Two days ago an episode on the CBC TV news program, The National, covered a 2010 spill from an Enbridge pipeline into the Kalamazoo River in Michigan. The episode was introduced by a short excerpt referring to the spill. In this excerpt a retired family doctor in the area of the spill commented that “we need the energy and Enbridge has been fair”. This introduction flatters Enbridge, which had to be coerced by the US Environmental Protection Agency into an extensive cleanup that is still going on three years later.
Peter Mansbridge introduced the story by referring to a map showing the Enbridge pipeline and the location of the spill. He explained that the pipeline was carrying Canadian crude. Since August 25, the words “Canadian crude” are the new fossil fuel industry “code” for tar sands oil, or bitumen.
The CBC Environment Unit covered the Kalamazoo spill for CBC News three days before The National episode. That coverage correctly identified the spilled commodity as bitumen. The lengthy story did not use the descriptor Canadian crude once!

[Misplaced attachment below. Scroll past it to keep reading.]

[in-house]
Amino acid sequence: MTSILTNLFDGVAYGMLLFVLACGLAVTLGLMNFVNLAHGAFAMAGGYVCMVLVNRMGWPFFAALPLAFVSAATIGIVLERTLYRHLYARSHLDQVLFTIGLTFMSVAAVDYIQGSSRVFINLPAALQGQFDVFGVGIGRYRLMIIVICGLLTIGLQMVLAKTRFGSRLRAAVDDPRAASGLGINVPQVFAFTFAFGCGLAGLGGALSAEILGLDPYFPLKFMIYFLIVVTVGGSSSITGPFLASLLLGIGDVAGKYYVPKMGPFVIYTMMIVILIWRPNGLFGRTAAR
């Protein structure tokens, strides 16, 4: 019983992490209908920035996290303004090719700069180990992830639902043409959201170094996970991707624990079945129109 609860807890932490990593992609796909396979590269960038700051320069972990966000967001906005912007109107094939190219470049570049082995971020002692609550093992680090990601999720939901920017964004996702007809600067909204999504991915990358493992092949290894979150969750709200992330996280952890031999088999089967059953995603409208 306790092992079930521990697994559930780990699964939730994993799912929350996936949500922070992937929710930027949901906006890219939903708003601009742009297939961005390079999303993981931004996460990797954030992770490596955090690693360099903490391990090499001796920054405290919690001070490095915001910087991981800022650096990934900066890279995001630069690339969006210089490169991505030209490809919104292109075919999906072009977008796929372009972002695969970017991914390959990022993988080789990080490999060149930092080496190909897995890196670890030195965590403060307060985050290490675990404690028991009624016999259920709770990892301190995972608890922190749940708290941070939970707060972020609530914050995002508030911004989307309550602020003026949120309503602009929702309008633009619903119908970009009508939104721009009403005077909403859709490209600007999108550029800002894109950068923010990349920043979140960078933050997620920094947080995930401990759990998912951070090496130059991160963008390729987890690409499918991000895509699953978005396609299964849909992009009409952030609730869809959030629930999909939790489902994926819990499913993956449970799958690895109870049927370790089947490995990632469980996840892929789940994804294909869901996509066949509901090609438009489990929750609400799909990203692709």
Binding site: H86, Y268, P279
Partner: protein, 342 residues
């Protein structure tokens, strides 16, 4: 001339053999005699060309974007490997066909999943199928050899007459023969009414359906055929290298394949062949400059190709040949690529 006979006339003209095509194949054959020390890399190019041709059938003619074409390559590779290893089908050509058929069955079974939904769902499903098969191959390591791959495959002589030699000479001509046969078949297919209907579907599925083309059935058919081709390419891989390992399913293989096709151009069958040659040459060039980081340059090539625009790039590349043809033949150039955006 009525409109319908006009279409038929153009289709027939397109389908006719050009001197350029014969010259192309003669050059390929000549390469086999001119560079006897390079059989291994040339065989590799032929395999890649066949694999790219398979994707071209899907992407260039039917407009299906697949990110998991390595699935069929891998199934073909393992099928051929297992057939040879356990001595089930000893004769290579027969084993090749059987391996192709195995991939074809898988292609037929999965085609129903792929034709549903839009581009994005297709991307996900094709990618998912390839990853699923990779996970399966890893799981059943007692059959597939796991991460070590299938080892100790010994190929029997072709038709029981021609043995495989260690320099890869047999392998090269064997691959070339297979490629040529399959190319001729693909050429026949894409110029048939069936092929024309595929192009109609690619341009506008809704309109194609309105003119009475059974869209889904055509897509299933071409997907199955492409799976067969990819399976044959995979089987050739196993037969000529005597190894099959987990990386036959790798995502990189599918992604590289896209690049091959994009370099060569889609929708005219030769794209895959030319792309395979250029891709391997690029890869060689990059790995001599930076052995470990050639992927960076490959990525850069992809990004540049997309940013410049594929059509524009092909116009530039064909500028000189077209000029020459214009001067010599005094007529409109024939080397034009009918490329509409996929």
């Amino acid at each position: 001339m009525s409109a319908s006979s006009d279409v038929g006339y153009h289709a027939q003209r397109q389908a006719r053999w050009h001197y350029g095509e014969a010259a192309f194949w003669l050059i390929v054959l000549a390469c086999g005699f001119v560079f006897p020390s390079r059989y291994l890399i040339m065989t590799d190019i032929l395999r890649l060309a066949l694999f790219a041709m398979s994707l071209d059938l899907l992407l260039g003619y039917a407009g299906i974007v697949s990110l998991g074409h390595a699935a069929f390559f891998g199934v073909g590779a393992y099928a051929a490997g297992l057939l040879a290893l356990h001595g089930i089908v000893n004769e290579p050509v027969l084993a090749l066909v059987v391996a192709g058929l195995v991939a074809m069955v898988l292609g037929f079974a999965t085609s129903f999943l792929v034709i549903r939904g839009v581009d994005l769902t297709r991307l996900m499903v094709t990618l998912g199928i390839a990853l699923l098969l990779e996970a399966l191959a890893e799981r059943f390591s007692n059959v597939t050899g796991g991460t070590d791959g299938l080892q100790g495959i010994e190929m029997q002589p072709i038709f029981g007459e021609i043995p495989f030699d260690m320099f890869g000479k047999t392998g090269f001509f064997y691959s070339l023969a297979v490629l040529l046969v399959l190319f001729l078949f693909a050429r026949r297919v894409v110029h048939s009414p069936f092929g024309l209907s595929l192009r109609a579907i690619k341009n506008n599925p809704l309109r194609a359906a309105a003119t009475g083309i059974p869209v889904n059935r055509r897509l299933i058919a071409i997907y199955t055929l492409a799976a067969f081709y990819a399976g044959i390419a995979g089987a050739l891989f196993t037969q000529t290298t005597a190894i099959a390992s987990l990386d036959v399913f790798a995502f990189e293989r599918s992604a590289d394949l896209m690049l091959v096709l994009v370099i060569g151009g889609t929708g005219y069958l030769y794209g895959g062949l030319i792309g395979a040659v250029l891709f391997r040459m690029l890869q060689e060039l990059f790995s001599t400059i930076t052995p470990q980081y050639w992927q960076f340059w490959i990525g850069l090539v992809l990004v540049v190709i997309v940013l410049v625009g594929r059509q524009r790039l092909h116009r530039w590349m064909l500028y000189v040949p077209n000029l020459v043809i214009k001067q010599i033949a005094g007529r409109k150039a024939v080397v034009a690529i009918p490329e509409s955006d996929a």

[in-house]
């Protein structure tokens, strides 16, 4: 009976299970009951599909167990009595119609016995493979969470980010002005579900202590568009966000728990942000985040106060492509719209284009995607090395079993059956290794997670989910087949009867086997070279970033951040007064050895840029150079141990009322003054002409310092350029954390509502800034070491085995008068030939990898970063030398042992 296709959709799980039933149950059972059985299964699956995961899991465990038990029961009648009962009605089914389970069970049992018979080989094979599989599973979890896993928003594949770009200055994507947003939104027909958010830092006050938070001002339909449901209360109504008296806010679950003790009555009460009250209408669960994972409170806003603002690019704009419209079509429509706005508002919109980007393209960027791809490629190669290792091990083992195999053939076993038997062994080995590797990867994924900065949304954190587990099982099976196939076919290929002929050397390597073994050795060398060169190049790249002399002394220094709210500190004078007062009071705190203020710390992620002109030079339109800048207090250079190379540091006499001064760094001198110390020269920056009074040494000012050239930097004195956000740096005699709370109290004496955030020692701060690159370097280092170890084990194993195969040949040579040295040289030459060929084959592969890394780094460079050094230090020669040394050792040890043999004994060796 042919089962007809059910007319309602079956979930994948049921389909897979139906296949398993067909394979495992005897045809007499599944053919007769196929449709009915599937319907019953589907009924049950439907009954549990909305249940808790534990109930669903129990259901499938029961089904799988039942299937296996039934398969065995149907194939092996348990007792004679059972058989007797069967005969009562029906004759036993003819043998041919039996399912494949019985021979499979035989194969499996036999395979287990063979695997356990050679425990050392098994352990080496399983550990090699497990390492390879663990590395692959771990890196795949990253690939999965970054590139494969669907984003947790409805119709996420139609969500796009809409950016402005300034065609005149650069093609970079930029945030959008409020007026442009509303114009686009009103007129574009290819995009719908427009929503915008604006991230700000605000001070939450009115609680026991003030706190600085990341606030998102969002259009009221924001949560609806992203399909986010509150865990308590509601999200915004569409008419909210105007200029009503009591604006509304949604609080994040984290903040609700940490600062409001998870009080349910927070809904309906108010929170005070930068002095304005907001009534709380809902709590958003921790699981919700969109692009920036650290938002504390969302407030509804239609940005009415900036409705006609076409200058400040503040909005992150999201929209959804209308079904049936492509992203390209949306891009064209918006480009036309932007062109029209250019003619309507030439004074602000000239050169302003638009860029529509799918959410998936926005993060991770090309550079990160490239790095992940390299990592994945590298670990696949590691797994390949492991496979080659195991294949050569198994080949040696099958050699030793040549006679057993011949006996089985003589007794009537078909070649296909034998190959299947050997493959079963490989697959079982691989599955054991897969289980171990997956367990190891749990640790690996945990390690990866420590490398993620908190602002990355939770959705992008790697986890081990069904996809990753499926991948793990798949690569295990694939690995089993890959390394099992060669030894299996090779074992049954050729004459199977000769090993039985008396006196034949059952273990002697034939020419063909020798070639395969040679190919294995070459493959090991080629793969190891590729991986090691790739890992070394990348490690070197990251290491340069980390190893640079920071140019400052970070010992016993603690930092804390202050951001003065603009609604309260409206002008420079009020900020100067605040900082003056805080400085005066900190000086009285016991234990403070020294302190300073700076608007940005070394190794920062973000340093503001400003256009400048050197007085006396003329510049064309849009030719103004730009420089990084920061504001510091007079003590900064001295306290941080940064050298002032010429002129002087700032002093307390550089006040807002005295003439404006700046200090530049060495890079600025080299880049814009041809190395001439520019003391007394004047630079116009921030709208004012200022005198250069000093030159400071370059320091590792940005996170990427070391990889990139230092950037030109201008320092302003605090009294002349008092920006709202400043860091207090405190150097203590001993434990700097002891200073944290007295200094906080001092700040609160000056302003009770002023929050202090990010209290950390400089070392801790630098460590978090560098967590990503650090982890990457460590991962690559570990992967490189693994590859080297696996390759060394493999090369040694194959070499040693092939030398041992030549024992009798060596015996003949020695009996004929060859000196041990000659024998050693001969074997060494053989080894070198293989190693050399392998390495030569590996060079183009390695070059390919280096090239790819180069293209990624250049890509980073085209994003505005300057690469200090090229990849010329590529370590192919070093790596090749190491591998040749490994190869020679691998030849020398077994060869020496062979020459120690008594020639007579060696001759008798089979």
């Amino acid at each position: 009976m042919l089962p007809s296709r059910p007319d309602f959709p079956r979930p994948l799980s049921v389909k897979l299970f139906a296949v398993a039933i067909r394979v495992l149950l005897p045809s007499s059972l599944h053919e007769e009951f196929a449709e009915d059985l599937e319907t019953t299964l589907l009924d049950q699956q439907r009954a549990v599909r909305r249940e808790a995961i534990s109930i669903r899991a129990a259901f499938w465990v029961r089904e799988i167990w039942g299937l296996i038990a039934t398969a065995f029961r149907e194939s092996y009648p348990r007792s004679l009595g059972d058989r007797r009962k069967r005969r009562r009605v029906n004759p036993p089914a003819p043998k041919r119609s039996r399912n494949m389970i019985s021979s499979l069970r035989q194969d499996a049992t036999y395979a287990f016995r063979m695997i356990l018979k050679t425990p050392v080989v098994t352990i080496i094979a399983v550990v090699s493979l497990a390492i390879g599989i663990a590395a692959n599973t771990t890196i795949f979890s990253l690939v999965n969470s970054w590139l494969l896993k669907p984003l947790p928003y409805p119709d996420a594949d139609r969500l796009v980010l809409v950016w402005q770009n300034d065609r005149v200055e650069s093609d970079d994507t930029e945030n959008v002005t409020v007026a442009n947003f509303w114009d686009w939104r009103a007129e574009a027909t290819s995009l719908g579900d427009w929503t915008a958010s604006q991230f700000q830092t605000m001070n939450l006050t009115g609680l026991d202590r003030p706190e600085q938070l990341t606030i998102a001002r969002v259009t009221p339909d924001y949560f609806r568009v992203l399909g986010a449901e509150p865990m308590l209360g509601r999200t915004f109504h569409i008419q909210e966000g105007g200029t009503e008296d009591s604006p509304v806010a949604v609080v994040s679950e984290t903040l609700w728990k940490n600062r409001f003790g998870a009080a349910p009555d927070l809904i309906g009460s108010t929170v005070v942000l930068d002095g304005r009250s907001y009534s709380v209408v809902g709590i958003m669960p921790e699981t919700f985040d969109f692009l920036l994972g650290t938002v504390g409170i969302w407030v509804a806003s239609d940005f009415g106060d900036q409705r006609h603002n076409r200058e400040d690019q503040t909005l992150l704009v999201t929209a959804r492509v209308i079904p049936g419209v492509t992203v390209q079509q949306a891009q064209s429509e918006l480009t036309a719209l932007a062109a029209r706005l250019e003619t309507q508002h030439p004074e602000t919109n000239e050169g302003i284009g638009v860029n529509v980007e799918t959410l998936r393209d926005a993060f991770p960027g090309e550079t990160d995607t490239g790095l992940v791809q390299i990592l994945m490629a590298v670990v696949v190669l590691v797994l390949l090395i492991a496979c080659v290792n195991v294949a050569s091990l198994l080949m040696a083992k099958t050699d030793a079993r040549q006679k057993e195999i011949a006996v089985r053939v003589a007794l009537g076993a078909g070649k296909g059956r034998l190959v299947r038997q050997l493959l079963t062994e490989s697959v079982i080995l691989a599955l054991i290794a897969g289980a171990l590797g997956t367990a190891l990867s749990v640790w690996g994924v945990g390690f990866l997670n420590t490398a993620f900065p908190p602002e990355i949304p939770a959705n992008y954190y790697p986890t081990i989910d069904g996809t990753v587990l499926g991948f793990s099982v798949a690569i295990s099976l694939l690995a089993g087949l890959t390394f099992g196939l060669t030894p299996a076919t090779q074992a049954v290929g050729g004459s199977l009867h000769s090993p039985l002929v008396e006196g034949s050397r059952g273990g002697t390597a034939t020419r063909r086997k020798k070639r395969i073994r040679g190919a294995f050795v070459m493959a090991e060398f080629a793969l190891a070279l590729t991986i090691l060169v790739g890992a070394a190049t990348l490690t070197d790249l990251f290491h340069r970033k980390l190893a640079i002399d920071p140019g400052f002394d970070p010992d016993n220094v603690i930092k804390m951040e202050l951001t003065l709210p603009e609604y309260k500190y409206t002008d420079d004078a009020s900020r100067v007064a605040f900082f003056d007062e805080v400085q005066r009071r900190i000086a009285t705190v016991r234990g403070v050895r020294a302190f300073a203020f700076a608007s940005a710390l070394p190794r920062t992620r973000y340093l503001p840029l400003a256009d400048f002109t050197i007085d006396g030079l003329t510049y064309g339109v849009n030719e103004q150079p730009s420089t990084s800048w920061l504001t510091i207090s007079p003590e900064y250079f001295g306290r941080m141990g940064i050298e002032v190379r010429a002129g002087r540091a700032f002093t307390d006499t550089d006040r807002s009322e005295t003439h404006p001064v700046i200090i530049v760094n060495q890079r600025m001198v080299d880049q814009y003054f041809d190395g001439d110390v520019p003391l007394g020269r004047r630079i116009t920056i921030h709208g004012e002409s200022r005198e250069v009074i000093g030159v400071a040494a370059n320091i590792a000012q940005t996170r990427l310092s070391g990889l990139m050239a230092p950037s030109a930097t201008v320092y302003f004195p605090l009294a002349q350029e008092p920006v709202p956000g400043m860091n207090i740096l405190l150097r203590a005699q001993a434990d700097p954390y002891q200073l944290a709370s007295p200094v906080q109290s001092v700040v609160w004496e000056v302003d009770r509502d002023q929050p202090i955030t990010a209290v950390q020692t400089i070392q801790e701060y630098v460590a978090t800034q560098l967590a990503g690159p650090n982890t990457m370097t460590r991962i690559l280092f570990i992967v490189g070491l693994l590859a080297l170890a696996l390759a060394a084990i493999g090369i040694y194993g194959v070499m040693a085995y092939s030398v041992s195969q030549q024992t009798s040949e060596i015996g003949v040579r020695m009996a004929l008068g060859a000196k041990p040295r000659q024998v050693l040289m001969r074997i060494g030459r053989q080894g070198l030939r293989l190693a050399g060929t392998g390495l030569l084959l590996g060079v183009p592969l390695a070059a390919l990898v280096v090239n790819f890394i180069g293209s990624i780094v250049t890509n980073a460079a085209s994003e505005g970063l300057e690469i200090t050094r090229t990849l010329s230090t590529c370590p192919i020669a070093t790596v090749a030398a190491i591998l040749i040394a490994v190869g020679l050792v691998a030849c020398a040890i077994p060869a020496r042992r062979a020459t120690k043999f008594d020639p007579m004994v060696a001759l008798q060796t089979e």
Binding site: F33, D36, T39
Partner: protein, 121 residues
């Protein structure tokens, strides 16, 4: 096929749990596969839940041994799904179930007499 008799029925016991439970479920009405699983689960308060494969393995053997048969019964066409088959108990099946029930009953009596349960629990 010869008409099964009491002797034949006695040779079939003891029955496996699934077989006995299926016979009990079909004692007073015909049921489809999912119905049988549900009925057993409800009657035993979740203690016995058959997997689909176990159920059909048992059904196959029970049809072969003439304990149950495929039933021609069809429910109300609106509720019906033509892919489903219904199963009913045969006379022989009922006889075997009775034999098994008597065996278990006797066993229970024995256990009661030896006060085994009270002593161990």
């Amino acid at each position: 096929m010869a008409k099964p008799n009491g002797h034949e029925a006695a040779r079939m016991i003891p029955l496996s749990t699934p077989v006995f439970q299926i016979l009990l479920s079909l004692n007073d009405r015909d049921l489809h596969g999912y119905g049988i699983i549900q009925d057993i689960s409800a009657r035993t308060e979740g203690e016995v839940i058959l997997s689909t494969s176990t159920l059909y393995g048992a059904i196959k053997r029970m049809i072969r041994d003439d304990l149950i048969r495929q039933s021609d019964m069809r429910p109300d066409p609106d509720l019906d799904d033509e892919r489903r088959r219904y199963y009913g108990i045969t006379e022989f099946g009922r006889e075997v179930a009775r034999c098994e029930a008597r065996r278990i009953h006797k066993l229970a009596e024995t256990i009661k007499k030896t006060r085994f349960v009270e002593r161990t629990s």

A common abbreviation is “Dilbit”, standing for “diluted bitumen”, as chemicals must be added to bitumen to render it sufficiently fluid to be transported by pipeline. Dilbit is a much more difficult commodity to clean up. The Kalamazoo dilbit sank to the bottom of the river where it can only be removed by dredging. The family doctor and Enbridge think it should stay there, releasing oil sheen from time to time. The EPA thinks that dredging is necessary, and that is what is happening now.
The National News episode concluded with a repeat of the kind words of the family doctor. Very timely coverage for Enbridge who is now facing a revolt from Ontario residents who will be affected by the extension of this pipeline through to Montreal. Read our blog the Risks of Line 9.